The genuine perl.exe file is a software component of ActivePerl by ActiveState, a division of Sophos.
Perl.exe is an executable file that belongs to ActivePerl, a Perl distribution used by developers to install Perl. This is not a critical Windows component and should be removed if known to cause problems. ActivePerl supports Windows, Linux and Mac OS X, including Solaris, AIX, and HP-UX. It provides a precompiled Perl distribution for easy installation. It includes core Perl binaries and additional binaries for packages/modules through the Perl Package Manager (PPM). ActiveState is a Canadian company that provides software application development and management solutions. The company emphasizes on open source software development. ActiveState was established in 1997 and is currently headquartered in Vancouver, Canada.
Perl stands for Perl Command Line Interpreter
The .exe extension on a filename indicates an executable file. Executable files may, in some cases, harm your computer. Therefore, please read below to decide for yourself whether the perl.exe on your computer is a Trojan that you should remove, or whether it is a file belonging to the Windows operating system or to a trusted application.
The process known as perl.exe belongs to software FusionInventory Agent (version 2.3.0-1) by strawberryperl.com or ActiveState, a division of Sophos (www.activestate.com) or ActiveState (www.activestate.com).
Description: Perl.exe is not essential for the Windows OS and causes relatively few problems. Perl.exe is located in a subfolder of "C:\Program Files".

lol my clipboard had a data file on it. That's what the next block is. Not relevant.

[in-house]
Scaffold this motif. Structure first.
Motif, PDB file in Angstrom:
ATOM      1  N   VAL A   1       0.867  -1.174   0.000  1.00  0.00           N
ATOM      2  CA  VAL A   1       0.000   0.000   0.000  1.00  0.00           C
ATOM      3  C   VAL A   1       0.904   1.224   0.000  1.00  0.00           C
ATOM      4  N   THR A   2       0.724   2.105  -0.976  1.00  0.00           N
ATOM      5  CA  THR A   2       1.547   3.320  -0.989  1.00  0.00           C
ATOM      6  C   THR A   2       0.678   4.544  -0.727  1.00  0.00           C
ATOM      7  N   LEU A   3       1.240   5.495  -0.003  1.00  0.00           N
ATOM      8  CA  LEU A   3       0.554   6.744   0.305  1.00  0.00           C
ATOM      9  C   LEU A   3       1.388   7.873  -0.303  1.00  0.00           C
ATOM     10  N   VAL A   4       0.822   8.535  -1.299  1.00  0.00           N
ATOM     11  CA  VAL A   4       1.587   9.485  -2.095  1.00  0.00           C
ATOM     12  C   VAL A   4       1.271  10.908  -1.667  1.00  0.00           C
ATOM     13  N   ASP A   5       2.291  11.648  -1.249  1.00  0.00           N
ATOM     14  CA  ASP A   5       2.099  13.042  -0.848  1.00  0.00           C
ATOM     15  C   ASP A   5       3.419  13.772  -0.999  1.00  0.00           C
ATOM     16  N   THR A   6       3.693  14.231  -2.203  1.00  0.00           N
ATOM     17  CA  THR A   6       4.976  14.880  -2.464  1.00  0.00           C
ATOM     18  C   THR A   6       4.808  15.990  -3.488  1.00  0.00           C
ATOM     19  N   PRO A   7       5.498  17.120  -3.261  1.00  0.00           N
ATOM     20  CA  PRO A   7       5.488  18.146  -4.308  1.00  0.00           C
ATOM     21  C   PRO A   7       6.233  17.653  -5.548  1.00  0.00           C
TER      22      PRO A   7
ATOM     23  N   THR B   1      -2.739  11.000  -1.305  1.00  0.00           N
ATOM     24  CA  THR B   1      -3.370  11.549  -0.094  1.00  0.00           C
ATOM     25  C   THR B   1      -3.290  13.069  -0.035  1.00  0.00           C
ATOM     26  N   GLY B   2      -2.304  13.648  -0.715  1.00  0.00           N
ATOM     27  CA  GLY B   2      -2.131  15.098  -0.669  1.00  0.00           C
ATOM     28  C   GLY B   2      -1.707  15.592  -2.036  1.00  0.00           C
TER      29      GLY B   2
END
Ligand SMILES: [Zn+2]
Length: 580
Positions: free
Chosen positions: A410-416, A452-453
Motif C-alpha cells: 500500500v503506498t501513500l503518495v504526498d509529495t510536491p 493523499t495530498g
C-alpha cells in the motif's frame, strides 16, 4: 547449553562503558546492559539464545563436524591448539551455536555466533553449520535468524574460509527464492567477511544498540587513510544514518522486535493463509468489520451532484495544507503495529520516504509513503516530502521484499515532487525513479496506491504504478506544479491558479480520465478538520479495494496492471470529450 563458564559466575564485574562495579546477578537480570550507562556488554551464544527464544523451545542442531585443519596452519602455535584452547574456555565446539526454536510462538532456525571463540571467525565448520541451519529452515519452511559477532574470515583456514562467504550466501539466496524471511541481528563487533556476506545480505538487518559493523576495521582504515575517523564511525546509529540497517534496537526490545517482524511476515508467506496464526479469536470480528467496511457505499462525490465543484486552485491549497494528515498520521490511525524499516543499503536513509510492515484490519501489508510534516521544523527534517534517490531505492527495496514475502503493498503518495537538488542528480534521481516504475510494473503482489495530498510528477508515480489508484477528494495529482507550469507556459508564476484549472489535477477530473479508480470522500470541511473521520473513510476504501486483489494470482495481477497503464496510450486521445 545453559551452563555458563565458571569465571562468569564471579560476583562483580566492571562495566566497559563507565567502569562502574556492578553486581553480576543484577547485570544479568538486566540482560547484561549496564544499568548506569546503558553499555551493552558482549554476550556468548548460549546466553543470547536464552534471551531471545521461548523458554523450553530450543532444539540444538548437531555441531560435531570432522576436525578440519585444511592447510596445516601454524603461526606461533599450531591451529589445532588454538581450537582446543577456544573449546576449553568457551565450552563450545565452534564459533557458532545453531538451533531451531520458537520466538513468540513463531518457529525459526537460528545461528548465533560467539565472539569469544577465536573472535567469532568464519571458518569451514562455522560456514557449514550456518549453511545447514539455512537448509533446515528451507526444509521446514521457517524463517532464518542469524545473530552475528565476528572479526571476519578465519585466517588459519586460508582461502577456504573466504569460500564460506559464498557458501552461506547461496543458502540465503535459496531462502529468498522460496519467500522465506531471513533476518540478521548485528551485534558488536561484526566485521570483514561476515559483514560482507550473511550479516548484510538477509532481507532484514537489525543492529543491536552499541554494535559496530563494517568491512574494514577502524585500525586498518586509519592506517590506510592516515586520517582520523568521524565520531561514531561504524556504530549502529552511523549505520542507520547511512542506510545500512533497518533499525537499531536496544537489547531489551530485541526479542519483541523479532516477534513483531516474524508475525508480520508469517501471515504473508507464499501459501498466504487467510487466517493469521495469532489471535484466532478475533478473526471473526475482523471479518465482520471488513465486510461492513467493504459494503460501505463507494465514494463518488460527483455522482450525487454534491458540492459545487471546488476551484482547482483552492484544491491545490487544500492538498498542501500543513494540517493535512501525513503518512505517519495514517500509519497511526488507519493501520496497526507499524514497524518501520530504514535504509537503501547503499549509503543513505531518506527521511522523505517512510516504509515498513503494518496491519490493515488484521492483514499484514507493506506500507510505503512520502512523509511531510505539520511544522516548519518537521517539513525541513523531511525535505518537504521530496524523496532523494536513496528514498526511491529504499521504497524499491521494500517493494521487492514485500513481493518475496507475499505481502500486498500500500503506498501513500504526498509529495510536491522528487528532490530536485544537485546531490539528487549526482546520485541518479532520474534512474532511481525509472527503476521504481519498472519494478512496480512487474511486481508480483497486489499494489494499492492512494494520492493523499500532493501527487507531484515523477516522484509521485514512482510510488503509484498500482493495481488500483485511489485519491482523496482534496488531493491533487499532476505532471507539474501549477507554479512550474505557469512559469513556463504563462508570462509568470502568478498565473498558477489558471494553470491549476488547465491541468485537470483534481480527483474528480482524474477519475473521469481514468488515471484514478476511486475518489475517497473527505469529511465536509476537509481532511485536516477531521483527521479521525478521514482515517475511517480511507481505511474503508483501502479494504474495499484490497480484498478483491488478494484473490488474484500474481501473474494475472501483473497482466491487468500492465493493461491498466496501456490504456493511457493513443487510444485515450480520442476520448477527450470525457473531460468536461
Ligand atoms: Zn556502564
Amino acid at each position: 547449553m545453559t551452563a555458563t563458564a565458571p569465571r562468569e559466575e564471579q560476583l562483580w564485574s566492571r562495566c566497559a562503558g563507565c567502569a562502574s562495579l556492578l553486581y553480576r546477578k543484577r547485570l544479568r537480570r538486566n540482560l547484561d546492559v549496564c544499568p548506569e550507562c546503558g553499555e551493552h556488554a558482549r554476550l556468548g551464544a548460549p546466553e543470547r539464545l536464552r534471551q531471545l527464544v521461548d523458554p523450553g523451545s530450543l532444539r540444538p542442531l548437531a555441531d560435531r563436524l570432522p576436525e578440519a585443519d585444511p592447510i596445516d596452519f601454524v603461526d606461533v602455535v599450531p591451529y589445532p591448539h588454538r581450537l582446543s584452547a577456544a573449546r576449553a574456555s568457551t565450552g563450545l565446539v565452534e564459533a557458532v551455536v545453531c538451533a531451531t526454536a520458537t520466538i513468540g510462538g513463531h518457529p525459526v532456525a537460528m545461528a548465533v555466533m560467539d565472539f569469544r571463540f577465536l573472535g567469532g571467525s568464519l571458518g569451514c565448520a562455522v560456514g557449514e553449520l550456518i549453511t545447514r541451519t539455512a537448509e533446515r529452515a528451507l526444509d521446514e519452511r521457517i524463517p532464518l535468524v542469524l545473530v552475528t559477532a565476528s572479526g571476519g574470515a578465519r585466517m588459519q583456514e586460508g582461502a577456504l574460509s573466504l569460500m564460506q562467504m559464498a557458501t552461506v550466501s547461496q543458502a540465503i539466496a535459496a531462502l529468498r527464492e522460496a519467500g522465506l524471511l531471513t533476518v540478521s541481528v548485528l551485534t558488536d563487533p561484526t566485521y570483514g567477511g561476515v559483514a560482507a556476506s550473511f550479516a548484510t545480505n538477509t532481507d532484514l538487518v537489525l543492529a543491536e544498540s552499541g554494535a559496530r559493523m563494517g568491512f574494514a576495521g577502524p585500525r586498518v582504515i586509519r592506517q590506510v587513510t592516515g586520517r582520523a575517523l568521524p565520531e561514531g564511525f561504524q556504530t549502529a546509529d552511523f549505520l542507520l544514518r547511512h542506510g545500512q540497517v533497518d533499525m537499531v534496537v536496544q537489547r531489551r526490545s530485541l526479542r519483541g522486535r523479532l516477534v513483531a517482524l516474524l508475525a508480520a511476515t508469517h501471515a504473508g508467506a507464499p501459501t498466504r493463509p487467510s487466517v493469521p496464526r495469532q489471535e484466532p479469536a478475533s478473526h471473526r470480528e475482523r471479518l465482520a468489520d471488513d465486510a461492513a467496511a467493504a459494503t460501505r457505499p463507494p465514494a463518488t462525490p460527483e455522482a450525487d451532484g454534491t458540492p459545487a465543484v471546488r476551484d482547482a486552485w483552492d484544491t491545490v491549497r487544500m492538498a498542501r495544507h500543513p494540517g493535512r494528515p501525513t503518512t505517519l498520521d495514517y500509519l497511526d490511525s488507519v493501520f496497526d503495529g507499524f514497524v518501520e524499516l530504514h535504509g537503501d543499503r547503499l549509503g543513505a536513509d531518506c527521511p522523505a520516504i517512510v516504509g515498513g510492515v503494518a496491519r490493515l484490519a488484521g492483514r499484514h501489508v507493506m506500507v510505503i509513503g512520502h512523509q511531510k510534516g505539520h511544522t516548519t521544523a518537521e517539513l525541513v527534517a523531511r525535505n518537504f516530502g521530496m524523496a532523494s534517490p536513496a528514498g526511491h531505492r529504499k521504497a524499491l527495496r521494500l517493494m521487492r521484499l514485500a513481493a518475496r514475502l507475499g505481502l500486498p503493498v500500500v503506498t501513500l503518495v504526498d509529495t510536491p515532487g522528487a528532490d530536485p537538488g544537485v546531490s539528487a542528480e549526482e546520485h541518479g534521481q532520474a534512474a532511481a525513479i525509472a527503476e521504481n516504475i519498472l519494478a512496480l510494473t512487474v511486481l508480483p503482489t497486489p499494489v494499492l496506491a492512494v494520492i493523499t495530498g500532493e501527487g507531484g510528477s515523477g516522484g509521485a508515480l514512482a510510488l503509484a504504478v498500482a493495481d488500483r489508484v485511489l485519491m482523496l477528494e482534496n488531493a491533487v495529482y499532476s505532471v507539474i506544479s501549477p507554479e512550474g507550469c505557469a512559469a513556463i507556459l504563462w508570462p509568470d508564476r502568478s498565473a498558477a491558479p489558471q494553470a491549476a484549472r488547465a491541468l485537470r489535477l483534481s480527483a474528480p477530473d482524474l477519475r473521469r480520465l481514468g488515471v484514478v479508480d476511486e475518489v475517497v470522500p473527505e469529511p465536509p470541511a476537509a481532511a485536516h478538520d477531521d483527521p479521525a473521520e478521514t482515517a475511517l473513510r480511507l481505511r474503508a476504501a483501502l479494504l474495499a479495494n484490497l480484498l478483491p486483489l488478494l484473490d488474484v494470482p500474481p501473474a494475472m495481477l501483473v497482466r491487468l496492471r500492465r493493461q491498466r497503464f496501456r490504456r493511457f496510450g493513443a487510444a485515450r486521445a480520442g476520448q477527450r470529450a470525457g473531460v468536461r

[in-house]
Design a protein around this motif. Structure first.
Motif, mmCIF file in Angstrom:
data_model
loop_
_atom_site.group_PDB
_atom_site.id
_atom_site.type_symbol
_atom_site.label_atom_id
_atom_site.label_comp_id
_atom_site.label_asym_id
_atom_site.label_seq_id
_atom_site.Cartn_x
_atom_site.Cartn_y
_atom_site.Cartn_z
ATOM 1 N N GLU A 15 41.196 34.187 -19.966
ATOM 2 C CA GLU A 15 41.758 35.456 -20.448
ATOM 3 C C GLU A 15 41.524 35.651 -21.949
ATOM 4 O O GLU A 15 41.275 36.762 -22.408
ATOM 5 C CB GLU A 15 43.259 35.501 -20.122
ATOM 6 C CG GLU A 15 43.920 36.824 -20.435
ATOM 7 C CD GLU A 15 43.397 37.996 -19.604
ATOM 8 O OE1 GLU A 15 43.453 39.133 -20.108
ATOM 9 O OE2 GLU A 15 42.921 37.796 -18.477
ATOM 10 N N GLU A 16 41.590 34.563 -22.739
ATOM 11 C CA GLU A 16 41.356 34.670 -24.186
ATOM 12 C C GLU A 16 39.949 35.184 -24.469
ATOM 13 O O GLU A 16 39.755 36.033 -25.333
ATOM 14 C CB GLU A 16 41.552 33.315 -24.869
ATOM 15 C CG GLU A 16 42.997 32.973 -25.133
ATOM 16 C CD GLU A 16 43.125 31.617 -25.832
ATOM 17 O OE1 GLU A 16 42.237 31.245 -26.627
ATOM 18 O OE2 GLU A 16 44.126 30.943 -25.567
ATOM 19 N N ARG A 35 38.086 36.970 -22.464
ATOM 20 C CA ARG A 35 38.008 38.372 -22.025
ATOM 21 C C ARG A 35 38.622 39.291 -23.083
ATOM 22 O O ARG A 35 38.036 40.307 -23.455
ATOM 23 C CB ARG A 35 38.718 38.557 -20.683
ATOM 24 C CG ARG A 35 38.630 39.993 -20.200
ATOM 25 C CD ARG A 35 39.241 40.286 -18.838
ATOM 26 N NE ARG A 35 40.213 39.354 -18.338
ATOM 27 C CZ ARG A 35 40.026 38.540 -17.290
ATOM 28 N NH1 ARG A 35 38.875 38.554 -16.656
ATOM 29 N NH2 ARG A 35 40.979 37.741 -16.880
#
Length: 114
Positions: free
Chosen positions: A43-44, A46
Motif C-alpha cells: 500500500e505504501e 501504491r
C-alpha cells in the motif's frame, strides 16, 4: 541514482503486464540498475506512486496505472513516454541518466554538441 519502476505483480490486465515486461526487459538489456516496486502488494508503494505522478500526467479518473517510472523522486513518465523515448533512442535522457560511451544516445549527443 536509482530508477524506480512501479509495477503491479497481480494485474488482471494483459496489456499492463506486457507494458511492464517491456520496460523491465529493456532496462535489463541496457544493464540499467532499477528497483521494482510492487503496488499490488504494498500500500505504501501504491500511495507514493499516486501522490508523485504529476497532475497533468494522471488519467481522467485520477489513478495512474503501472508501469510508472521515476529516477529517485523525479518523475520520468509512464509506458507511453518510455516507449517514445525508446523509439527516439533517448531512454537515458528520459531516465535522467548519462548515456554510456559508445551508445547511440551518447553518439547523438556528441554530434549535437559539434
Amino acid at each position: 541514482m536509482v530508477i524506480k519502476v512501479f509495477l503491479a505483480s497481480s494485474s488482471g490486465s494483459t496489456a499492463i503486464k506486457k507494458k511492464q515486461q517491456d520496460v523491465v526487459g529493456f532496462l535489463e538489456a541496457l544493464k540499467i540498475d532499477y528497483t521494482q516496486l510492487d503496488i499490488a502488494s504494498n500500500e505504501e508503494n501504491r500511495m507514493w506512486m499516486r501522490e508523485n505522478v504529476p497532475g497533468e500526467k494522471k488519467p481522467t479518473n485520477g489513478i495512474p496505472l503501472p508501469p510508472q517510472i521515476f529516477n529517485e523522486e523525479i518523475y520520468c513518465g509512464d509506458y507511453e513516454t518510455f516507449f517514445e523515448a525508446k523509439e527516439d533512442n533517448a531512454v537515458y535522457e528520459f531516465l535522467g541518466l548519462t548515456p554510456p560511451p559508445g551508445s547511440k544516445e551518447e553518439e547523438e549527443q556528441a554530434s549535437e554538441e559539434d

Known file sizes on Windows 10/8/7/XP are 14,336 bytes (34% of all occurrences), 16,384 bytes and 9 more variants.
The program has no visible window. The file is not a Windows system file. There is no file information. Therefore the technical security rating is 59% dangerous, however you should also read the user reviews.
Recommended: Identify perl.exe related errors
External information from Paul Collins:
Important: Some malware camouflages itself as perl.exe, particularly when located in the C:\Windows or C:\Windows\System32 folder. Therefore, you should check the perl.exe process on your PC to see if it is a threat. We recommend Security Task Manager for verifying your computer's security. This was one of the Top Download Picks of The Washington Post and PC World.
A clean and tidy computer is the key requirement for avoiding problems with perl. This means running a scan for malware, cleaning your hard drive using 1cleanmgr and 2sfc /scannow, 3uninstalling programs that you no longer need, checking for Autostart programs (using 4msconfig) and enabling Windows' 5Automatic Update. Always remember to perform periodic backups, or at least to set restore points.
Should you experience an actual problem, try to recall the last thing you did, or the last thing you installed before the problem appeared for the first time. Use the 6resmon command to identify the processes that are causing your problem. Even for serious problems, rather than reinstalling Windows, you are better off repairing of your installation or, for Windows 8 and later versions, executing the 7DISM.exe /Online /Cleanup-image /Restorehealth command. This allows you to repair the operating system without losing data.
To help you analyze the perl.exe process on your computer, the following programs have proven to be helpful: ASecurity Task Manager displays all running Windows tasks, including embedded hidden processes, such as keyboard and browser monitoring or Autostart entries. A unique security risk rating indicates the likelihood of the process being potential spyware, malware or a Trojan. BMalwarebytes Anti-Malware detects and removes sleeping spyware, adware, Trojans, keyloggers, malware and trackers from your hard drive.